I took great care to change out of my muddy trousers before I headed off to do my afternoon duty at Open Church. It had, indeed, been a very muddy Birdy Group yesterday morning.
Muddy - but perfectly lovely with it. I was most grateful because the rest of my week (Wednesday afternoon’s Nomination Whist Group excepting) was not looking too rosy. I had had to cancel our regular Thursday morning
Sporting Memories gathering because the Special Care dentist is coming sometime between 9.30 a.m. and 3.30 p.m. This means, of course that (I) we will almost certainly have to stay in all day; and (ii) Mr B won’t be able to crow about Tottenham Hotspur’s
recent victory to the rest of the Sporting Memories crowd. Nor will I be able to go to Friday morning’s Singing for Pleasure choir, as I have an appointment at the hospital with the consultant who operated on my Problem Shoulder all those many months
ago. Regular readers will remember that I have nicknamed her “Tigger” on account of the fact that she is so very, well, bouncy.
A morning with the
Birdy Group was therefore exactly what I needed - and our venue was beautiful Pulborough Brooks where the sound of twittering greeted us as we (the Lovely Linda and I) arrived in the car park. It was all very promising. Other members of our gang arrived in
the car park just after us, while others were waiting inside, taking advantage of the opportunity to explore the shop, with its delightful mix of Bird Related Items. Impressively, Cindy had brought with her a scope on a tripod which she proceeded to carry
around the whole reserve. It made our whole Birdy Group look so very professional. There were apparently two other groups from neighbouring U3A (University of the Third Age) branches visiting the Reserve on the same day as us - I didn’t actually manage
to meet up with them to compare notes but they must have been impressed...
When reporting on the regular monthly meetings of the Birdy Group, I have often commented,
ungrammatically, that “birds is birds.” By this I mean that, on any given day, we might be very successful in spotting our feathered friends - but on another day we might be lucky to see a few pigeons and a robin. Today was Really Rather Special.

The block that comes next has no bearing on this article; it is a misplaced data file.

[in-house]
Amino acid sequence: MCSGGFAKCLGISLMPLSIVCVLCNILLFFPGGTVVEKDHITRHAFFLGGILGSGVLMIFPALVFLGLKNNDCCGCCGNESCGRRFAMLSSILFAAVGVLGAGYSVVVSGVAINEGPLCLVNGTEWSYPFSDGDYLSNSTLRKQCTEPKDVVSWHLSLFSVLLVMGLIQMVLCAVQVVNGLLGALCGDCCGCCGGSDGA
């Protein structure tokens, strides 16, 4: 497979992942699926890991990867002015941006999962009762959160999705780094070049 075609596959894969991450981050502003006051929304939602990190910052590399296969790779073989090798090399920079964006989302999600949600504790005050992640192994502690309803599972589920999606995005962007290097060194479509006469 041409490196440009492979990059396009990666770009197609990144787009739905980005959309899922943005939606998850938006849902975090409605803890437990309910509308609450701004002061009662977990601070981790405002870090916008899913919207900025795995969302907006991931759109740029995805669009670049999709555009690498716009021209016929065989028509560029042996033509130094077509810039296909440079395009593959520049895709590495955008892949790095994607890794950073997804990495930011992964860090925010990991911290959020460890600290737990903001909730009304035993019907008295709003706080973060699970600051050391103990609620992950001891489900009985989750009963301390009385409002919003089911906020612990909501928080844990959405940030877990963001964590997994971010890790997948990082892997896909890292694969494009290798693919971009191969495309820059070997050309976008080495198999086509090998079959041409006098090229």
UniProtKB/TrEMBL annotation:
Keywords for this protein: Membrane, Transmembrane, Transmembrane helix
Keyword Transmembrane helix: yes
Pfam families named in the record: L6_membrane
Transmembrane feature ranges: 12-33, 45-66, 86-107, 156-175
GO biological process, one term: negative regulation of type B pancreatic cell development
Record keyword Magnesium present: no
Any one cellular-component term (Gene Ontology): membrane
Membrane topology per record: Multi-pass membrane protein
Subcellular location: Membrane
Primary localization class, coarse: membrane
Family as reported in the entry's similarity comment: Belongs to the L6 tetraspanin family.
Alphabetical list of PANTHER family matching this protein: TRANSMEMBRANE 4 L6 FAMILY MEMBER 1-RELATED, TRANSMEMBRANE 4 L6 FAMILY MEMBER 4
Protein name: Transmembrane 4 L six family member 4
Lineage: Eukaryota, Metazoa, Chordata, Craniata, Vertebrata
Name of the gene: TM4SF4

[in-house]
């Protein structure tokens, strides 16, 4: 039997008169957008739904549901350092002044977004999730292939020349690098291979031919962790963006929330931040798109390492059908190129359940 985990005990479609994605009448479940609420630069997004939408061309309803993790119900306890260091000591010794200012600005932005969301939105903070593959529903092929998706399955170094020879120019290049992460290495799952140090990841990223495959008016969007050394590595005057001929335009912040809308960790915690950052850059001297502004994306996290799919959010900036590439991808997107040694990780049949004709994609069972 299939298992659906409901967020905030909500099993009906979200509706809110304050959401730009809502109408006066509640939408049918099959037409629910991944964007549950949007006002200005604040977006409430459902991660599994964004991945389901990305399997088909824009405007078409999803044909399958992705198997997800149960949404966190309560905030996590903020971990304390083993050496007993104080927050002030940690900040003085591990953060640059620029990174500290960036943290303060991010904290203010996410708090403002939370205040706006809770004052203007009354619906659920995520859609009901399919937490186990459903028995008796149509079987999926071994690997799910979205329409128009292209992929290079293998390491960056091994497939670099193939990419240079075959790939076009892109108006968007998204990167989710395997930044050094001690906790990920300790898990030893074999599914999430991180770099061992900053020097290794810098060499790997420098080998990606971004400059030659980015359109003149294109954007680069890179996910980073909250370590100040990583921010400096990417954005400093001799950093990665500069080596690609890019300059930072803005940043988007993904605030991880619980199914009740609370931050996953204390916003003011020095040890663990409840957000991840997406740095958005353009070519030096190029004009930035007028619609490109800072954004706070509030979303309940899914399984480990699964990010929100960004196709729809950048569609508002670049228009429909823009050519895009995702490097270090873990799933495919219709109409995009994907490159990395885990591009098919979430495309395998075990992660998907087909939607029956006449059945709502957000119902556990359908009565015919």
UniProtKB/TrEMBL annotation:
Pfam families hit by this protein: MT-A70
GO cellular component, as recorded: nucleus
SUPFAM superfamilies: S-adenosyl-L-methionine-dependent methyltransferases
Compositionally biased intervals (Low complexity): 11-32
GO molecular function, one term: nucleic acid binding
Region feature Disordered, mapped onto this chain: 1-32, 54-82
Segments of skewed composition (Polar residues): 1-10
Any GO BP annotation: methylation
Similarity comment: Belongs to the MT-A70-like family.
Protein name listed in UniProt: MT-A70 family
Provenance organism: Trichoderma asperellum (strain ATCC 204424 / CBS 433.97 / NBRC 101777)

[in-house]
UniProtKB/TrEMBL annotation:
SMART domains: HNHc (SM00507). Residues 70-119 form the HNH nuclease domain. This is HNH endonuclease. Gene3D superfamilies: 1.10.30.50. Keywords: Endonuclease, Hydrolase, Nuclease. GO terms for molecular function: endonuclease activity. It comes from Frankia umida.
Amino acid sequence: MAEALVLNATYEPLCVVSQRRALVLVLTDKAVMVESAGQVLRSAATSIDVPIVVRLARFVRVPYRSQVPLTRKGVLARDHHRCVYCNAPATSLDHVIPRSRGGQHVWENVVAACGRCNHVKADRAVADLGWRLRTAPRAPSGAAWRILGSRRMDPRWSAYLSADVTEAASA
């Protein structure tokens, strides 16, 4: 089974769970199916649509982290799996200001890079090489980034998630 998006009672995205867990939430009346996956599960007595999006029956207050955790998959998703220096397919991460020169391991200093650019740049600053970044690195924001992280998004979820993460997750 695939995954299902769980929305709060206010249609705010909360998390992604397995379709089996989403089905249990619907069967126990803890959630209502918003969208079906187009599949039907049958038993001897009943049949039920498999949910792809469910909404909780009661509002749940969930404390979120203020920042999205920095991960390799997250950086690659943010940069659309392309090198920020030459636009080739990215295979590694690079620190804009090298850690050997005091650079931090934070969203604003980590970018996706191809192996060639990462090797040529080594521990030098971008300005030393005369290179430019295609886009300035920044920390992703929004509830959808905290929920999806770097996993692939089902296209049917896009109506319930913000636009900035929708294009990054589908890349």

Our first stop along our way was in a woodland area where, to our great delight, a Greater Spotted Woodpecker spent a considerable amount of time making sure we had all seen
him and expressed an appropriate level of appreciation at the brightness of his apparel. He wasn’t alone - we all lost count of the number of tits (of all varieties) who came to snack on the feeders, along with cheerful robins, a nimble nuthatch, greenfinches,
chaffinches and sparrows a-plenty. A strange igloo-shaped construction on the grassy area puzzled us - it had a door (locked) and some kind of heating system but didn’t look as if it had any windows though it was hard to tell, covered as it was in tarpaulin.
We decided (on absolutely no evidence) that it was intended for school parties needing shelter from the elements.
Up at Jupp’s View, Cindy’s
scope really came into its own. With characteristic generosity she would set it up trained on one set of waterfowl after another and invite us all to peer through. Ron, who had been trying to persuade us all that he had spotted Sneaky Snipe out on a distant
peninsula, was particularly pleased when Cindy’s scope picked out five of the Sneaky Ones. Vindicated! his expression clearly indicated.
Coffee and a scone
in the cafe and then we were off home. For me, it was to be a quick turnaround. I don’t generally leave Mr B Home Alone more than once in a day but yesterday duty called. As did the District Nurse whose visit, though always welcome, made me in even more
of a rush. Leaving Mr B snoozing comfortably in front of “Shakespeare and Hathaway” on TV, I grabbed my coat and car keys, slipped on my shoes and ran.
was only five minutes late arriving at church. “Shall I put the kettle on?” I carolled when I was but halfway through the door. Nobody declined so off I went to prepare beverages and raid the biscuit tin on everyone’s behalf. It was quite
a relief to take a pew and wrap my hands around my coffee mug. Then -
“Have you been gardening?” one of my companions queried, with a nod at my shoes
which still (shamefully) carried rather too many marks of my morning’s muddy ramble.
I was well and truly shamed..